Reports on South America: VRES, grid interconnections, COVID implications
- Oct 9, 2020 10:12 pm GMT
October 5, 2020
The latest report of the research series carried out by Enel Foundation in collaboration with CESI has been presented on October 5 by our Deputy Director Giuseppe Montesano at a webinar led by the Interamerican Development Bank and held by Energy and Climate Partnership of the Americas and Americas Business Dialogue on "Benefits of physical and regulatory regional integration of electricity markets".
After three analyses that examined different scenarios for the deployment of Variable Renewable Energy Sources (VRES) in a specific set of South American countries i.e. Chile & Argentina, Brazil and Uruguay, Colombia, Ecuador and Peru, this research carries out the analysis at continental level.
Thanks to the excellent availability of natural resources, the demand growth and the expected decrease of technology costs, the technical-economic optimal amount of VRES installed capacity at 2030 in the Base Case can reach a combined total of almost 50 GW for photovoltaics and 71 GW for wind. These optimal values correspond to an increase of 150% for PV installed capacity and of 75% for wind capacity with respect to the targets and forecasts presented in the generation and transmission development plans of each country – used to formulate the Reference Scenario on which the research was based. The study also showed that cross-border grid interconnections can contribute to install more VRES thanks to an enhanced evacuation capacity from areas with best resource and to the possibility of mutual support and reserve sharing.
In parallel Enel Foundation has investigated the most prominent challenges to the decarbonization process in the continent as emerged from the COVID-19 outbreak, as well as the economic, social and political risk associated with backwards energy policies adopted by national governments. Push-back policies would indeed contribute to amplify the negative effects of pollution and climate change over people and businesses, exacerbating inequalities and preventing the establishment of a sustainable post-pandemic recovery and development pathway in the region.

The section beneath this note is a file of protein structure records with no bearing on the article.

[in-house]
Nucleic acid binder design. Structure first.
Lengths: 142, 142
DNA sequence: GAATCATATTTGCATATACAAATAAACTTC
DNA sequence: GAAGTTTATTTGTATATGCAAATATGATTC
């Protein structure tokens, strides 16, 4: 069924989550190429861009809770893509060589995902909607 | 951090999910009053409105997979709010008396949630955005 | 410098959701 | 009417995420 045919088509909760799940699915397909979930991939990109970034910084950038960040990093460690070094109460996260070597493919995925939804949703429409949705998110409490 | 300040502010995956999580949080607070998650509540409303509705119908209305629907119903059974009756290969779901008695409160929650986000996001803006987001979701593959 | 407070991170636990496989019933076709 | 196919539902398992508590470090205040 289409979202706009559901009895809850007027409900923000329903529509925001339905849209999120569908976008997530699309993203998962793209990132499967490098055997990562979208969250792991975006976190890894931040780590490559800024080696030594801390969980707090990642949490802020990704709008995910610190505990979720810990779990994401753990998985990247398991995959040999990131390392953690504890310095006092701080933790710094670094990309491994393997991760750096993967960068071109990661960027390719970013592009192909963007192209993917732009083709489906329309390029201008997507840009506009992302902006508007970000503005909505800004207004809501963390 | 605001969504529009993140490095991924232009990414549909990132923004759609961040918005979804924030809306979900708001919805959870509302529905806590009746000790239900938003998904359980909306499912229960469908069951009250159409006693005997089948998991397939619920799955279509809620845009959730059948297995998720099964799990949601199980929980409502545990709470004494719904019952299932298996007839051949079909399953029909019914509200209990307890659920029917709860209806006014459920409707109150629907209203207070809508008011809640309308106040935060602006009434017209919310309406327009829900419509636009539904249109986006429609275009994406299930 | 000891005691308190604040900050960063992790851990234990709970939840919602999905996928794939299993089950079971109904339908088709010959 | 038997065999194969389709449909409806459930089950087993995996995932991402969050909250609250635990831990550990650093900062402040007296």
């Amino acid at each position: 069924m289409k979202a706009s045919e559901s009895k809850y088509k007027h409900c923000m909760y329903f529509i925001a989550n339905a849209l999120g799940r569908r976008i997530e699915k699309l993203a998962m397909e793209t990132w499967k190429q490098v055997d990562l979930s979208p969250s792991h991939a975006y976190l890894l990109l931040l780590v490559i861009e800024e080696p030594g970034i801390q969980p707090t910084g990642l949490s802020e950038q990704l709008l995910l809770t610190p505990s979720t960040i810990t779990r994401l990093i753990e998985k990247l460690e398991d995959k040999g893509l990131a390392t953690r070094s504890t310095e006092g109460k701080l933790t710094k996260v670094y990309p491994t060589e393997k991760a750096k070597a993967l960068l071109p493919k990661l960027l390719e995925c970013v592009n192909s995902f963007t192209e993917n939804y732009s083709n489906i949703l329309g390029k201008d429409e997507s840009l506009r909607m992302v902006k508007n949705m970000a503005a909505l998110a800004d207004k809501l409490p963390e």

This special paper highlights the opportunities associated with the adoption of a more ambitious decarbonization path at the continental level. These include improved, extended and affordable access to electricity services for people in the region; economic advantages generated by the phase-out of fossil subsidies; occupational benefits and enhanced social inclusion patterns; improved pollution conditions with effects on health standards; increased regional infrastructure integration that helps optimizing renewables penetration and addressing resilience exigencies.
The study finally offers a number of policy recommendation to strengthen sustainable and reliable energy services for all, allowing Latin America economies and societies to bounce back greener and more resilient. Among the ideas proposed by the paper, the application of strict ‘green’ conditionality rules to any type of loan, grant and public funding; the simplification and speed-up of procedures to authorize ‘green’ investments; the establishment and implementation of national and regional regulations that promote and facilitate cross border power flows, enabling higher flexibility and coordination in electricity markets.
See here a more detailed analysis of the research.
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